The formal literature on pre-trial bargaining offers considerable insight on how different bargaining procedures asymmetric information affect efficiency. Less attention has been paid to fairness, despite the fact that fairness is an essential component of any system of justice. We address this state of affairs by analyzing the equilibria of a pre-trial bargaining model for both fairness and efficiency. This analysis involves ascertaining whether fair and efficient equilibria are possible and whether they occur For common parameter values, and characterizing their behavioral and distributional properties. We conclude that fairness is a paramount concern to litigants and society and that fair and efficient equilibria are possible.
When do parties in a legal dispute go to trial, and when do they settle out of court? This basic question has motivated an extensive formal literature on pre-trial bargaining. On the whole, this literature is concerned with efficiency, as scholars have sought to understand how different bargaining procedures and types of asymmetric information affect the way litigants resolve disputes.
Scholars have devoted considerably less attention to fairness concerns, however. While undoubtedly efficiency is an important concern, fairness is perhaps a paramount concern not only of litigants and the legal community but also of society and for the acceptance of the rule of law. Legal systems are traditionally evaluated in terms of fairness (footer & Rubinfeld 1989). For our purposes, we believe that fairness under the law can be thought of as a process that fully compensates the plaintiff if and only if the defendant is at fault, although for the defendant, fairness dictates that the compensation is limited to the true amount of the damage. We define this further in section two, and formalize fairness in section four. This notion is one that the U.S. Supreme Court has expressed on numerous occasions in its cases interpreting the Due Process Clauses of the Fifth and Fourteenth Amendments.1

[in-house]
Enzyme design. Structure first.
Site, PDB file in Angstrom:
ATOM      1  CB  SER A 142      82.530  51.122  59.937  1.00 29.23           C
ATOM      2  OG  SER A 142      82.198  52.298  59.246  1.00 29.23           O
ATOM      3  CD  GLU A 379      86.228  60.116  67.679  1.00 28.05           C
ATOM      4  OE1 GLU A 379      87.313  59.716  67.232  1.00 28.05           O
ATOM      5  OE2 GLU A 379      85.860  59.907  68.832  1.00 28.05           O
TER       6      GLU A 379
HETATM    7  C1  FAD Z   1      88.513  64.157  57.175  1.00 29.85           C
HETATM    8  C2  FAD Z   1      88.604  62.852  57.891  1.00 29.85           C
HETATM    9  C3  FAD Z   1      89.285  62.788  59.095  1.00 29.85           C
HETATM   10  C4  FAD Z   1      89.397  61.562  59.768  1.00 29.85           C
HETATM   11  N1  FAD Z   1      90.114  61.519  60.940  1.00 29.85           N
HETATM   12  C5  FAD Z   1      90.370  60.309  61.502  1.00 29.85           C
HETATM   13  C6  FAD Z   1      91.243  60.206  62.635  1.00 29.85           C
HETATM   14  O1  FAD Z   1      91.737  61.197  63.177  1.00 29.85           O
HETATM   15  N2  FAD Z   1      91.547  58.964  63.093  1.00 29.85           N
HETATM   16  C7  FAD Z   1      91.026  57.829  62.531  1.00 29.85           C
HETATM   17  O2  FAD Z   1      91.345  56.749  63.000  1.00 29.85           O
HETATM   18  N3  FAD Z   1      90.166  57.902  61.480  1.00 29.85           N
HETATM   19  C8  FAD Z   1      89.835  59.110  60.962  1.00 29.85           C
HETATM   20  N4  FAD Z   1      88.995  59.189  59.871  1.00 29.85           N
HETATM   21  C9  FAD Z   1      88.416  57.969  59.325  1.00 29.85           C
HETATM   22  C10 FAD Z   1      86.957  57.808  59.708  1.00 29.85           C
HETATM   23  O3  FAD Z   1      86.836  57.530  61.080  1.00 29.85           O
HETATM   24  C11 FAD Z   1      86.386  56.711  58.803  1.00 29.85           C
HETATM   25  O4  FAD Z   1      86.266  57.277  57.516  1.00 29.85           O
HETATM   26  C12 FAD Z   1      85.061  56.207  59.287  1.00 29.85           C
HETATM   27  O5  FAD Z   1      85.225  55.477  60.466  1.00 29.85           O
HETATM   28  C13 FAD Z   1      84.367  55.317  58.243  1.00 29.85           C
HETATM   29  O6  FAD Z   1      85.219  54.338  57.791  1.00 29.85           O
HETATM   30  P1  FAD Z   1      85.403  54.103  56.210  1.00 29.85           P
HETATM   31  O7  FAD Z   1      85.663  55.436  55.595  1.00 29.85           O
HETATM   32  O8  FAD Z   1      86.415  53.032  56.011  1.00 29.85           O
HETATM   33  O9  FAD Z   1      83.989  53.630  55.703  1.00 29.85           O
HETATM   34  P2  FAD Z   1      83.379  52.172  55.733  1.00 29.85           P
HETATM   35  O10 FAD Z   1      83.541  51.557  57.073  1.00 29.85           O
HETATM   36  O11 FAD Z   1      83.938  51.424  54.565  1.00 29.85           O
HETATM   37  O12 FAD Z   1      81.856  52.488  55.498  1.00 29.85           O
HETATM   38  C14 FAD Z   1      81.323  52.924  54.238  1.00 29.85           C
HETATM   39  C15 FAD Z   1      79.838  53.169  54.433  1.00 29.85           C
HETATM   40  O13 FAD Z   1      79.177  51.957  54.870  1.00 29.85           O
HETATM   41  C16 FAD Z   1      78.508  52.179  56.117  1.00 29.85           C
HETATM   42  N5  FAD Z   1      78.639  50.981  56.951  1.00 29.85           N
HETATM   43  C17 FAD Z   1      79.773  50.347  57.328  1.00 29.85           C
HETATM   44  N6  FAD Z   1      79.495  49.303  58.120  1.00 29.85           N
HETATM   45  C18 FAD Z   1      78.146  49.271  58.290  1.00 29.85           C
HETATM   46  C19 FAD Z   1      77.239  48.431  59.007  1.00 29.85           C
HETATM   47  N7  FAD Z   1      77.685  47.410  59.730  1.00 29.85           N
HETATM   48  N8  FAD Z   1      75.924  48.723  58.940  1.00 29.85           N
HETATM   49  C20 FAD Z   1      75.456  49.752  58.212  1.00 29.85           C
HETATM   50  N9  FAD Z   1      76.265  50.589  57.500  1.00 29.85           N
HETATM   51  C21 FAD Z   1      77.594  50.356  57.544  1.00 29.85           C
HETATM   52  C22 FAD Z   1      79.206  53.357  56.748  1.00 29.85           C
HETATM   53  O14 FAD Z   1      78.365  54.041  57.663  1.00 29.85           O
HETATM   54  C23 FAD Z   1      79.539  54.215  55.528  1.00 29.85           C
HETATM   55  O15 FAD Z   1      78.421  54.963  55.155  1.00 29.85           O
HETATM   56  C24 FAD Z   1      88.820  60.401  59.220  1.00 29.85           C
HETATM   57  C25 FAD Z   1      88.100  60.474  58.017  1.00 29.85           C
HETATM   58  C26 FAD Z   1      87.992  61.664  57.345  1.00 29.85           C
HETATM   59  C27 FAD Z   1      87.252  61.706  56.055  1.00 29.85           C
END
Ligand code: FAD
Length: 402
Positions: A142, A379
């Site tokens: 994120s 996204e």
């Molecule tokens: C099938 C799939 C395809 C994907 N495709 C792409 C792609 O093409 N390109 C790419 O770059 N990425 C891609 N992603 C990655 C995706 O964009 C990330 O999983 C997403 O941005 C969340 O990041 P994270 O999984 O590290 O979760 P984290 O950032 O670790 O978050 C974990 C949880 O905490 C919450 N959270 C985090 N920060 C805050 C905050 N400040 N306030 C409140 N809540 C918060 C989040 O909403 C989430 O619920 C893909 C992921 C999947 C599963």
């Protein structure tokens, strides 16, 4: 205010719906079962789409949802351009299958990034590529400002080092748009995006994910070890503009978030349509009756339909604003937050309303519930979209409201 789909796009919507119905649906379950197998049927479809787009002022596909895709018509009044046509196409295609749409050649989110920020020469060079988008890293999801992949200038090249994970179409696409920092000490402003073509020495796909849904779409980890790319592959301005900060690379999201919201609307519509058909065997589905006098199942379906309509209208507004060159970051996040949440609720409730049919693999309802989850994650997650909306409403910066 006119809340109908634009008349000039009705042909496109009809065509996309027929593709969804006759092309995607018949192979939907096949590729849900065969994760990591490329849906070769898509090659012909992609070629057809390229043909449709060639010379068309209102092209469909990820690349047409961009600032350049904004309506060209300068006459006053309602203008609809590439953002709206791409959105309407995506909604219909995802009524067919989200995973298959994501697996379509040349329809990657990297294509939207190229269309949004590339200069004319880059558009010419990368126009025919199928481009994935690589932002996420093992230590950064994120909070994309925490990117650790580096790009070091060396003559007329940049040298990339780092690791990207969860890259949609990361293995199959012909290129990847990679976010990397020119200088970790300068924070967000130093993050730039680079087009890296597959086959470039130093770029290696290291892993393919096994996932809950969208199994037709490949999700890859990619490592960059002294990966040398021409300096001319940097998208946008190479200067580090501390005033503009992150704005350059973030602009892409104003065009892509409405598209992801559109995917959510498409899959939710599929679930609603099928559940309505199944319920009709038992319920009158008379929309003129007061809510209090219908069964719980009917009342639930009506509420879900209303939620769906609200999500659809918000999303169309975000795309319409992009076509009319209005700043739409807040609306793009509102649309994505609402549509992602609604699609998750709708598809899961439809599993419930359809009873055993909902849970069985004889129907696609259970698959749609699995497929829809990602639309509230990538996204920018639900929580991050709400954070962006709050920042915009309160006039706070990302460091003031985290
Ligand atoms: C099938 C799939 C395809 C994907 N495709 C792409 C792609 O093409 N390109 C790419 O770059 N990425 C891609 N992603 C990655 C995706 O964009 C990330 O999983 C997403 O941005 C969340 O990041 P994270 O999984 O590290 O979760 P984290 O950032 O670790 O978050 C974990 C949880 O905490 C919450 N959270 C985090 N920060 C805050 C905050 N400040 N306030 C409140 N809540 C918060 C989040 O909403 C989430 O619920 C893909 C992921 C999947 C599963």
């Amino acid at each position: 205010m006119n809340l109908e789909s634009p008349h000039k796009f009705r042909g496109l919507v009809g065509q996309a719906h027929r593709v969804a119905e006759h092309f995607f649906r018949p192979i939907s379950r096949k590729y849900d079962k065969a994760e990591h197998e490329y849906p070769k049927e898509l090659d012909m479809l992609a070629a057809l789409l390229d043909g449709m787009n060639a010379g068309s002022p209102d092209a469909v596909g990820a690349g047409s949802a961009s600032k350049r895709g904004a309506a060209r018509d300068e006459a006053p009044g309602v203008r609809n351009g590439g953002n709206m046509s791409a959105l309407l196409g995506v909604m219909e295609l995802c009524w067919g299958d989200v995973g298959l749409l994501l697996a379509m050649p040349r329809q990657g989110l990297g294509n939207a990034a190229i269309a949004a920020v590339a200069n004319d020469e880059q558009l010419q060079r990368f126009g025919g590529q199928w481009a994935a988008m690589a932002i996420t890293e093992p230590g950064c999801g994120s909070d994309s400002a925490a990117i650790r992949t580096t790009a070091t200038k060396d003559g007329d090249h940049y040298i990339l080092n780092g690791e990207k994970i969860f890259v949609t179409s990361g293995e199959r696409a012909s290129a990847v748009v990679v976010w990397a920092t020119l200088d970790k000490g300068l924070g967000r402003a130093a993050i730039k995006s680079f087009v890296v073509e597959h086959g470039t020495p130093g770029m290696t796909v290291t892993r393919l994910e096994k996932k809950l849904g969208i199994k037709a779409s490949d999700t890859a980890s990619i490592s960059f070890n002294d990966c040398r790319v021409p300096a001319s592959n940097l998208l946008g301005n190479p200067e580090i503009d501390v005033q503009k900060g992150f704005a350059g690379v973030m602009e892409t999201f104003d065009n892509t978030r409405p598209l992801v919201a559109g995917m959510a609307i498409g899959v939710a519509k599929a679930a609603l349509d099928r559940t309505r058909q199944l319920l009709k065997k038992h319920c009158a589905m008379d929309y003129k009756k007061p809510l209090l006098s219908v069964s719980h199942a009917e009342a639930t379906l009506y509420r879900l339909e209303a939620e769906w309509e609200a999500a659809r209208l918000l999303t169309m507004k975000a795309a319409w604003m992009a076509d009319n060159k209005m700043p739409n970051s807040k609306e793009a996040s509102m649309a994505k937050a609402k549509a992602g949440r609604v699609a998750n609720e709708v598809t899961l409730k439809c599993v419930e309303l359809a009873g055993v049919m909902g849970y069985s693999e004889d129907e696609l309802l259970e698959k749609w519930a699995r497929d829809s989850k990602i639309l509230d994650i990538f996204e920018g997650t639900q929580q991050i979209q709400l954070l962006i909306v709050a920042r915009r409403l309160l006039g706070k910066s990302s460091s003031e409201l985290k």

If the process were not fair litigants would have little reason to litigate or accept settlement terms or trial outcomes. Citizens use and obey the outcomes of fair institutions. The legitimacy of trial courts as dispute resolution mechanisms is premised on fairness. As Tyler (1990) notes, regardless of the outcome, if litigants perceive the process as fair, then there is general acceptance of the outcome, and hence compliance with the law.
Even if the court process is efficient in allocating reward and punishment, litigation might have little to offer society in ensuring compliance and using courts to achieve outcomes. Ultimately, in terms of regulation of behavior, social control solely through reward and punishment might actually be inefficient (Tyler 1990). Most litigation models have examined individual litigant behavior and then have proposed modifications or adjustments to ensure greater efficiency at the individual trial level. Our concern, however, is not only efficiency or reward or punishment at the individual level. Through this examination we wish to address the broader concerns of litigation and its impact on peoples' compliance and acceptance of rules and law. We propose to examine the issue of whether there is a trade-off between fairness and efficiency or whether equilibrium outcomes can be both fair and efficient. If the latter is true, what are the behavioral and distributional properties of these outcomes? If there are trade-offs involved in pursuing fairness and efficiency, what are they and how do they vary across different bargaining environments?
In this article, we present a pre-trial bargaining model that examines strategic litigant behavior through both the fairness and efficiency of the model's equilibria. We extend a well-known model (Bebchuk 1984) and identify new relationships between litigation costs, parties to the litigation, and outcomes. …